New loan program aims to keep millions from losing homes

The Tri-City economy has mostly held its own during the national recession, but unexpected medical bills, job loss, divorce and other hardships mean some homeowners are struggling to make mortgage payments.

Loan modifications, which usually involve rearranging the terms or length of the mortgage, are one method the federal government, housing counselors and lenders are using to help people keep their homes.

The administration earlier this year introduced the Making Home Affordable program, which was designed to help 7 million to 9 million homeowners refinance or modify their mortgages to more affordable levels.

More than 230,000 modifications are in the trial stage, according to the Making Home Affordable website. The modification program is on pace to assist 3 millions to 4 million homeowners in the next three years, the site said.

The program is helping, said Liza Beam, housing program director for Consumer Credit Counseling Service in Kennewick.

“Even though mortgage companies are willing to work with people, they’re way behind,” she said.

The process often takes three to six months, Beam said.

About 70 clients in trouble with their mortgage payments have received counseling at CCCS since October, said Laurie Tufford, the agency’s chief executive director. CCCS is approved by the U.S. Department of Housing and Urban Development to provide mortgage counseling services.

It used to be borrowers needed to be 90 days behind on payments before lenders would work to make changes, but now mortgage companies are becoming more lenient, she said,

The Making Home Affordable refinance program targets homeowners who are current on payments but haven’t been able to refinance because their homes values have dropped, according to the program’s website.

“There’s still people who fall through the cracks, but I think it’s making a difference,” Beam said.

Tufford explained that modifications come in a variety of forms.

A forbearance allows missed payments to be divided up into smaller chunks and paid off incrementally, along with regular payments, she said.

Sometimes interest rates are lowered and other times the length of the loan is extended.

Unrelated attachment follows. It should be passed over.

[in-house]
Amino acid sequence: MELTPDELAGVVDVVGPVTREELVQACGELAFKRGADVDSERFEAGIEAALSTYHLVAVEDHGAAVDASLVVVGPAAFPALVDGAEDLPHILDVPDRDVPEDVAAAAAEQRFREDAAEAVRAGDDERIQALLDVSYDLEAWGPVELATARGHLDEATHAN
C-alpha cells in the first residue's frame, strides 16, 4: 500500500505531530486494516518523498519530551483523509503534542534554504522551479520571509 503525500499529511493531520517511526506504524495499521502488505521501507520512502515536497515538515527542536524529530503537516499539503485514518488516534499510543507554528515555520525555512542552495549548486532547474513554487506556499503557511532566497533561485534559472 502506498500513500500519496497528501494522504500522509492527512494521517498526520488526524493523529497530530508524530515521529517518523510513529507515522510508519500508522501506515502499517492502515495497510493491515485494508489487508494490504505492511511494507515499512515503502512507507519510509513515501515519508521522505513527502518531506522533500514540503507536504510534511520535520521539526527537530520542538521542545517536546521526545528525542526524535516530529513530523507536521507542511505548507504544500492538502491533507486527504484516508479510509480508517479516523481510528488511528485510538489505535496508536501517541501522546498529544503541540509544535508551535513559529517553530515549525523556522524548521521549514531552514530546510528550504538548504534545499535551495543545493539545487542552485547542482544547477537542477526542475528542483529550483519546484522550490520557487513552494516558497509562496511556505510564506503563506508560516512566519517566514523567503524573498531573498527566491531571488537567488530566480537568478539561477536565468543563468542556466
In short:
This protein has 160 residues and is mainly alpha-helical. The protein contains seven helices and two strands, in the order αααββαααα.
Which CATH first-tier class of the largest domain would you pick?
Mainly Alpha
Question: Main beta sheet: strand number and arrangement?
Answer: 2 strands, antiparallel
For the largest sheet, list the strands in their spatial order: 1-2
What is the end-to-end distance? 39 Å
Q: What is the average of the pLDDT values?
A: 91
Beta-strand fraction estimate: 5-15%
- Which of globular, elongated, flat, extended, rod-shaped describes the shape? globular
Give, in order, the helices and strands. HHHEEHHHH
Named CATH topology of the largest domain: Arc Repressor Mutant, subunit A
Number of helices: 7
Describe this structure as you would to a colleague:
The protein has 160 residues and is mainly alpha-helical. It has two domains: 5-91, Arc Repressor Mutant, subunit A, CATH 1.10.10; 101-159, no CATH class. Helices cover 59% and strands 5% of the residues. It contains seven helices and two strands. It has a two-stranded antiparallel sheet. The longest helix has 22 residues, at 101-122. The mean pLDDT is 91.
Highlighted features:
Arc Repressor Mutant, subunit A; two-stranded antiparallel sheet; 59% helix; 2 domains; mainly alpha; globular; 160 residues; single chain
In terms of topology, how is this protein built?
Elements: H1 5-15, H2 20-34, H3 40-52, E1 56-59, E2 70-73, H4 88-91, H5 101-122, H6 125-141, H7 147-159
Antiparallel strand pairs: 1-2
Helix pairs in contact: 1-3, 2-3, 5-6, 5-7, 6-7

There are some cases when homeowners simply can’t afford to keep the house.

“Sometimes keeping the house isn’t the best option.” Beam said.

In an attempt to increase assistance to borrowers, HUD announced last month that its Federal Housing Administration is changing its loan modification program to align with Making Home Affordable, according to the Washington State Department of Financial Institutions.

Through the Helping Families Save Their Homes Act of 2009, qualified FHA borrowers can start the process of modifying the loan before they get drastically behind on payments, said HUD spokesman Lee Jones.

He called the new alignment between FHA’S program and the Making Home Affordable “a bit more aggressive.”

“Making Home Affordable is essentially nothing more than getting the lenders and the borrowers at the same table to change the loan, Jones said. “It allows the borrower to have a conversation with the lender…before they get into real trouble.”

Lenders who are FHA-approved already agree to participate in services to help troubled borrowers who get three months behind in their loans.

One tool to lower monthly payments is a partial claim, which involves lenders allowing borrowers to pay principal and interest on only part of the loan, Jones said.

For a $100,000 loan, for example, a partial claim might allow a borrower to pay on $75,000, while the other $25,000 is deferred until the house is sold, he said.

Jones didn’t know how big the program’s benefits would be, but said its success depends mostly on troubled borrowers making the first move.

And persistence is key, said Dee Taylor, director of the Homeownership Division of the Washington State Housing Finance Commission, which helps direct funding to housing counselors.

“I think they will work,” she said. “You just have to be persistent and really get the lender to cooperate.”

Mark Manthei, a broker for Arboretum Mortgage in Kennewick, also said patience is necessary during the loan modification process. The housing market in Tri-Cities is a bit different than in many areas of the country, as home values have held fairly steady, he said.

The median and average sales prices were down about 1 percent during the first half of the year compared with the same time period in 2008, according to information from the Tri-City Association of Realtors.

A new report from First American CoreLogic, a national real estate data and analysis company, shows 9,454 mortgage properties — or more than 21 percent — in the Tri-Cities are in negative equity, meaning the borrower owes more than the home is worth.

That’s lower than the national rate of more than 32 percent, according to the company.

Arboretum doesn’t perform modifications, Manthei said, but sends clients to lenders for help.

Anyone seeking modification must be able to prove they can afford it, Manthei said. “People aren’t financially prepared for emergencies,” he said, adding that clients of his working through the modification process, all have steady employment.

“The tightening of guidelines is forcing people to stay in more affordable housing,” he said. “Going forward, I think that’s going to help.”

Source: Tri-City Herald

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